Greek workers strike to oppose New Democracy government’s anti-union legislation

By John Vassilopoulos
1 October 2019

Broad sections of Greek workers participated in a 24-hour strike last Tuesday called by public sector union federation ADEDY against a prospective “growth” multi-bill that the conservative New Democracy (ND) government submitted to parliament for debate. It was the first major strike called since ND came to power in July.

Transport was brought to a standstill in Athens as bus, trolley and light railway drivers joined the strike, while passenger ferries also remained docked.

The multi-bill contains amendments to existing legislation including attacks on the right to strike and enabling the fast-tracking of so-called “strategic investments.”

According to reports, all public services were shut down, including public schools, while hospitals operated with skeleton crews. There was participation by some private sector workers, including bank employees, retail, construction and telecommunications workers.

Speaking to Euronews, George Stefanakis, a 35-year-old cook said, “This is a terrible law, it is undemocratic, it gives everything to the employers—tax breaks, whatever wages they decide. They will be able to reduce wages whenever they want according to their plans and profits, leaving our livelihood and the workers’ needs aside.”

In an interview with the newspaper Parapolitika a few days before the strike, Growth and Investment Minister Adonis Georgiadis underscored the pro-business agenda behind the bill, stating, “It’s not the end of our effort, but [the bill] is the most quick action that we could have made to show to entrepreneurs as well as investors our good intentions to solve chronic problems. We are here to listen to the requests of the market so that we can solve additional issues in the next bill. Generally, our intention is to turn Greece into the most business-friendly country in Europe.”

At the centre of the bill are amendments that overhaul existing trade union legislation. This includes the establishment of an electronic register of trade unions at the Ministry of Labour which will hold information including how many members participated in union leadership elections, details of financial accounts, as well as a roster of its members. Electronic voting in strike ballots is to be introduced, with the law stipulating that the Labour Ministry reserves the right “to define the terms, conditions and every detail for implementing this provision.”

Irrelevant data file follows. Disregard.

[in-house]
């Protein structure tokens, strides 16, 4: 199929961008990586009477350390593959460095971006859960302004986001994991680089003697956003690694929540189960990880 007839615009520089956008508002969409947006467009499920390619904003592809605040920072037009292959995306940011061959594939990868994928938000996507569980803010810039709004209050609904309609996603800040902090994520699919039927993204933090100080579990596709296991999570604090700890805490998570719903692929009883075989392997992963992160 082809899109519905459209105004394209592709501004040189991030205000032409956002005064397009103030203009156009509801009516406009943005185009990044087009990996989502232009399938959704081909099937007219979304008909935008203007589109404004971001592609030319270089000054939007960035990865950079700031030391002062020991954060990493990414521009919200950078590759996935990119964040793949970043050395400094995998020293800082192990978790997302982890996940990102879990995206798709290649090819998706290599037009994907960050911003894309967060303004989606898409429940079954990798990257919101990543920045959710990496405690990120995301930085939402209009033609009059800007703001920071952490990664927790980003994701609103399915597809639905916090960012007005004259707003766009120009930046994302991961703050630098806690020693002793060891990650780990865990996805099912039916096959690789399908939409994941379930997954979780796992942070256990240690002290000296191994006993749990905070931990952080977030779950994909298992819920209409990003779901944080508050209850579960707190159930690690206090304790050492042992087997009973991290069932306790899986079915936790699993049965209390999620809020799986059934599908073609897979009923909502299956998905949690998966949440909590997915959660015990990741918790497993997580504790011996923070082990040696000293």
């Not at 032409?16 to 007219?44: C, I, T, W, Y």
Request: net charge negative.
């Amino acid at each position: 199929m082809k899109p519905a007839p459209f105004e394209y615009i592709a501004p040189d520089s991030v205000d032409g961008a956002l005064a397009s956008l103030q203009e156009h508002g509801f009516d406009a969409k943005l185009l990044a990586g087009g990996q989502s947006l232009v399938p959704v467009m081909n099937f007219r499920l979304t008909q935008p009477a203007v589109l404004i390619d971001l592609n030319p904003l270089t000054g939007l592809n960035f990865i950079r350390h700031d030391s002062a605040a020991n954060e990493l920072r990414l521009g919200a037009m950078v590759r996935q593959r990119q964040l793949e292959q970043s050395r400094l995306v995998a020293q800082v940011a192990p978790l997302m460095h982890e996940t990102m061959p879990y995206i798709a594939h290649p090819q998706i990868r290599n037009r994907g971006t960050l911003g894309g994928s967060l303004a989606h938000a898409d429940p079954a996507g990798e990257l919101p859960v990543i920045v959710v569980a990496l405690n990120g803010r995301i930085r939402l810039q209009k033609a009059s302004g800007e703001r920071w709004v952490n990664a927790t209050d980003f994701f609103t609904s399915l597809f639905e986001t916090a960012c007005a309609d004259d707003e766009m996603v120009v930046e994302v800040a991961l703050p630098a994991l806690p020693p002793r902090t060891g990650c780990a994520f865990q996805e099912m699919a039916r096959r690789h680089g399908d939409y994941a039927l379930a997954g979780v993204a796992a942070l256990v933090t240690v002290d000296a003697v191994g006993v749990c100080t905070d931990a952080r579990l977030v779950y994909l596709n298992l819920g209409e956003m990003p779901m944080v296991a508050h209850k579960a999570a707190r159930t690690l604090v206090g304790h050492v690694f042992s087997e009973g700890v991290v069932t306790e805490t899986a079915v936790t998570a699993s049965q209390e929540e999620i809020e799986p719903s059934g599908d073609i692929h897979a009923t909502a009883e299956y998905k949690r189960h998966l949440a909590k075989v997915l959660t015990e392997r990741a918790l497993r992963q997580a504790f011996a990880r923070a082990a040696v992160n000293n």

By setting up the framework of government-controlled trade unions, these measures have grave implications for the democratic rights of Greek workers. It is entirely feasible for the electronic register to evolve into a surveillance mechanism to blacklist and persecute militant workers. At the same time, the aim of introducing electronic strike balloting is to atomise workers by undermining participation in real-time meetings where the consensus to call a strike is reached on a collective basis. The fact that the process is to be defined by the Labour Ministry with no transparent oversight raises serious questions about the prospect of the new system being used to rig vote results.

New amendments also facilitate the fast-tracking of so-called strategic investments by stipulating that any planning rules and restrictions can now be bypassed. To ensure compliance with this, the law states that civil servants refusing to rubber-stamp planning permissions in time can now be disciplined, and subject to at least a three-month suspension. Speaking of this in an interview to Alpha TV, Georgiadis invoked the language of McCarthyism, stating that “civil servants and especially their majority who are extremely scrupulous should not fear such measures.”